Bonney’s NATE certified technicians will troubleshoot and repair your furnace for safe and reliable operation. Our technicians use state of the art tools including video inspection cameras and exhaust gas analyzers to perform thorough, comprehensive diagnostics when equipment is broken. Furthermore, we arrive in a “warehouse on wheels” stocked with many parts to get your furnace repaired as quickly as possible.  For an unexpected heater repair Bonney offers financing to make your comfort affordable.
Air conditioners often use a fan to distribute the conditioned air to an occupied space such as a building or a car to improve thermal comfort and indoor air quality. Electric refrigerant-based AC units range from small units that can cool a small bedroom, which can be carried by a single adult, to massive units installed on the roof of office towers that can cool an entire building. The cooling is typically achieved through a refrigeration cycle, but sometimes evaporation or free cooling is used. Air conditioning systems can also be made based on desiccants (chemicals which remove moisture from the air) and subterraneous pipes that can distribute the heated refrigerant to the ground for cooling.[2]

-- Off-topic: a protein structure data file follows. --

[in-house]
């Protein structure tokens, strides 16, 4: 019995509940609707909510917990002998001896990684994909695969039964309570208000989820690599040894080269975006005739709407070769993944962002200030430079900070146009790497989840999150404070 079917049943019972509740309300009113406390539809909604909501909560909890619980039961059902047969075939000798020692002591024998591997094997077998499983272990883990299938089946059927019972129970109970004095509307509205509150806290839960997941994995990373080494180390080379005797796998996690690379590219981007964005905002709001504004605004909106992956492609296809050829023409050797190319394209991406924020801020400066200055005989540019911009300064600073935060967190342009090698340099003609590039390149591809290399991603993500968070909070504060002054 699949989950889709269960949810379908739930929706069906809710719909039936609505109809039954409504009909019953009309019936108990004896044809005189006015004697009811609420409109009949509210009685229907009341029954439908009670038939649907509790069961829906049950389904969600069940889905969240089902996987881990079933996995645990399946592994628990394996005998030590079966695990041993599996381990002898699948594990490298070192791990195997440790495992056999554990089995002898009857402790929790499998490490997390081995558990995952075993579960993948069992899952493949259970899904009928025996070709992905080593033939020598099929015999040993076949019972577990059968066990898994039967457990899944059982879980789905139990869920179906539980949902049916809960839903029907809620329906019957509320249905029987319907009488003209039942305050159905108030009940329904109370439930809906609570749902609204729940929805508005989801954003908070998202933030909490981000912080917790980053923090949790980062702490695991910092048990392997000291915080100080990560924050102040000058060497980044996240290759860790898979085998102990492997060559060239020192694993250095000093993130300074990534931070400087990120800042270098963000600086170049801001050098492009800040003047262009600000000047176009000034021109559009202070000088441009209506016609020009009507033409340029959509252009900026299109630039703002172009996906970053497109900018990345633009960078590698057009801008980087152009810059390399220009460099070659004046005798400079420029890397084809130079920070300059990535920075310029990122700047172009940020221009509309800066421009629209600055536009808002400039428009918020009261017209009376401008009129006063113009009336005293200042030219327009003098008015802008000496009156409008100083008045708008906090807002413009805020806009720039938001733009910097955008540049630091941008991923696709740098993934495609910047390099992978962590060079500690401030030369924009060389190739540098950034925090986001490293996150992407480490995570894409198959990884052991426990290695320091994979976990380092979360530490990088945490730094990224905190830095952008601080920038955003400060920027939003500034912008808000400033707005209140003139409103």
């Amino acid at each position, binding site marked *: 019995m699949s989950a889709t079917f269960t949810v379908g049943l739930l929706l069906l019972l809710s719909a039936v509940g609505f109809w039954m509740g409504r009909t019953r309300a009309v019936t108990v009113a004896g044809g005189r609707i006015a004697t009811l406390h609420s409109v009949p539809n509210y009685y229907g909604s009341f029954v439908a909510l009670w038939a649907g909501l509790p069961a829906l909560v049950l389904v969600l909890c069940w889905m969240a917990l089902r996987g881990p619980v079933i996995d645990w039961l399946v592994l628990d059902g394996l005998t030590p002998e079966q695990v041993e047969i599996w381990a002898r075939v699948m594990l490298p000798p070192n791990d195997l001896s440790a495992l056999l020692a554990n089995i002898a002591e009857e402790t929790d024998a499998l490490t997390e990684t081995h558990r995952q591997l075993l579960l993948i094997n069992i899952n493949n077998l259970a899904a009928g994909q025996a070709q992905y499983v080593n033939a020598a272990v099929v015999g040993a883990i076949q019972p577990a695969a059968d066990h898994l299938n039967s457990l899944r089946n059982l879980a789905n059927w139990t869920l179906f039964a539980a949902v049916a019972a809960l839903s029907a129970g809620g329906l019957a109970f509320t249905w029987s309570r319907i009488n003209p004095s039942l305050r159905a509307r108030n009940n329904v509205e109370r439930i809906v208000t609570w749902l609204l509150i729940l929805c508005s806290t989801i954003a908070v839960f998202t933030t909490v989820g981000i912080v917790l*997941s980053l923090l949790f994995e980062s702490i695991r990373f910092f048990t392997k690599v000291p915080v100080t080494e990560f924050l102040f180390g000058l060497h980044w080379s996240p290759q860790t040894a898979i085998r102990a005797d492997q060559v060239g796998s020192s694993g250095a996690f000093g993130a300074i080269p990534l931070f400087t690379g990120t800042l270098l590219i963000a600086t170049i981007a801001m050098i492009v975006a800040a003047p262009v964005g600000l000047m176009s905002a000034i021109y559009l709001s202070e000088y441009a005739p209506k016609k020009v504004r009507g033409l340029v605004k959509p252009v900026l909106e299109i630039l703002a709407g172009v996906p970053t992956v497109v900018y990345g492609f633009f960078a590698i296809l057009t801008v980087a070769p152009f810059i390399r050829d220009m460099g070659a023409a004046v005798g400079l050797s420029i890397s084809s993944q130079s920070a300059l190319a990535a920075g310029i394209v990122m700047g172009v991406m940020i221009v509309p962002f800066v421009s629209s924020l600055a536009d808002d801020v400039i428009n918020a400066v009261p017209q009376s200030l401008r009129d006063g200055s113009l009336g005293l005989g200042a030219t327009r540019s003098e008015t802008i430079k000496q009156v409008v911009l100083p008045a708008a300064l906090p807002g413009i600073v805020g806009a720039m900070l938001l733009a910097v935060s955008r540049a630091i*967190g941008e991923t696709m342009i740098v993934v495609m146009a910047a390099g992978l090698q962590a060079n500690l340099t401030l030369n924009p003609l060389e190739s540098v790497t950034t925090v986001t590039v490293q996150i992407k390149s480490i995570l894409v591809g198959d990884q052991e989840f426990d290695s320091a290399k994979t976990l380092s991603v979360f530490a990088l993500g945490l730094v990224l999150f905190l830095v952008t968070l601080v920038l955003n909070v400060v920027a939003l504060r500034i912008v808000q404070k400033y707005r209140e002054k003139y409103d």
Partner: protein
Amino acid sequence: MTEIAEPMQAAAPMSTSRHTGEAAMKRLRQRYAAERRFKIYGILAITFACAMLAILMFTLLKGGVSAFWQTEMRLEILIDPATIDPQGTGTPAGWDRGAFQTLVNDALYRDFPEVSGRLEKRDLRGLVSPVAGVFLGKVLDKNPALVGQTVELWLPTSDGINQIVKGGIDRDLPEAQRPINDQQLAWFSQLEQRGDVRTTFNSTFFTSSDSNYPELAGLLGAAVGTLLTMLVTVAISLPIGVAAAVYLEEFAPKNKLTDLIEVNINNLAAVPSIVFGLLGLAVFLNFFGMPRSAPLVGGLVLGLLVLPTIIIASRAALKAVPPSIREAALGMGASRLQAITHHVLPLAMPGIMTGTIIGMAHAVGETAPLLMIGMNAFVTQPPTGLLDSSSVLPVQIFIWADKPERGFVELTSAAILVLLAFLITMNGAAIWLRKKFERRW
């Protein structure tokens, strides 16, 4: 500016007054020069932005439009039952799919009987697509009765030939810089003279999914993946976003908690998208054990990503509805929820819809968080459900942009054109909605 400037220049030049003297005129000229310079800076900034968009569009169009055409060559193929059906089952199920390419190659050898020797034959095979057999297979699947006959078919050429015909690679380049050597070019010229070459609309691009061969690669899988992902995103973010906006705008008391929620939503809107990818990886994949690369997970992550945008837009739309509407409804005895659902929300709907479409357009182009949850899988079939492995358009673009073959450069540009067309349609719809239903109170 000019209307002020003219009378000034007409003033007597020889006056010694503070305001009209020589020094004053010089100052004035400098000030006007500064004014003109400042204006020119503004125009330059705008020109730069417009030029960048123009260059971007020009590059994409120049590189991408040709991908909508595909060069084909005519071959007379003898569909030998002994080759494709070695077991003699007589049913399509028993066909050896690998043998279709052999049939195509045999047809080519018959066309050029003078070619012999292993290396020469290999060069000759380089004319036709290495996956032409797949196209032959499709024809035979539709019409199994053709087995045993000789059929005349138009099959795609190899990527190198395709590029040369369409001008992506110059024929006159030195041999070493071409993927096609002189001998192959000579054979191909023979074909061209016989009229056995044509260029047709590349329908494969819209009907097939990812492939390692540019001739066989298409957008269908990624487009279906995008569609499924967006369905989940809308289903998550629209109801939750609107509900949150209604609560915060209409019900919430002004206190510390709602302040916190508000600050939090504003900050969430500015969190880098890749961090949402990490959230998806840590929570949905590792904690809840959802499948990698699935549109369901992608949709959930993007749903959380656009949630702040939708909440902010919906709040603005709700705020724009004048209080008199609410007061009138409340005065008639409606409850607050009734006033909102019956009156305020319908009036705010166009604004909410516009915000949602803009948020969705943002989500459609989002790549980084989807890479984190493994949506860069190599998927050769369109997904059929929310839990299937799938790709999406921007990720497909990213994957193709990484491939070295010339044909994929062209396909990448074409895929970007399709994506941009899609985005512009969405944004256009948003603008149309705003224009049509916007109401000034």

The concrete pads under home air conditioner and heat exchanger units tend to settle over the years. As long as there’s no strain on the copper coolant tubes and electrical lines, and the unit stays dry and level, it’s OK that the pad has sunk. But if it continues to sink and pulls the lines tight, or if water puddles around the unit, you’ll need to take action. Here’s how to fix it.


The selection of indoor units has one restriction: their total power should not exceed the capacity of the outdoor unit. In practice, however, it is very common to see a multi-split system with a total capacity of indoor units greater than the outdoor capacity by at least 20%. However, it is wrong to expect better performance when all indoor units are turned on at the same time, since the total capacity of the whole system is limited by the capacity of the outdoor unit. Simply put, the outdoor unit will distribute all its power to all operating indoor units in such a way that some of the rooms may not have a very comfortable temperature level. However, the calculation of the total power is not simple, since it takes into account not only the nominal power of the units, but also the cooling capacity, heating, dehumidification, humidification, venting, etc.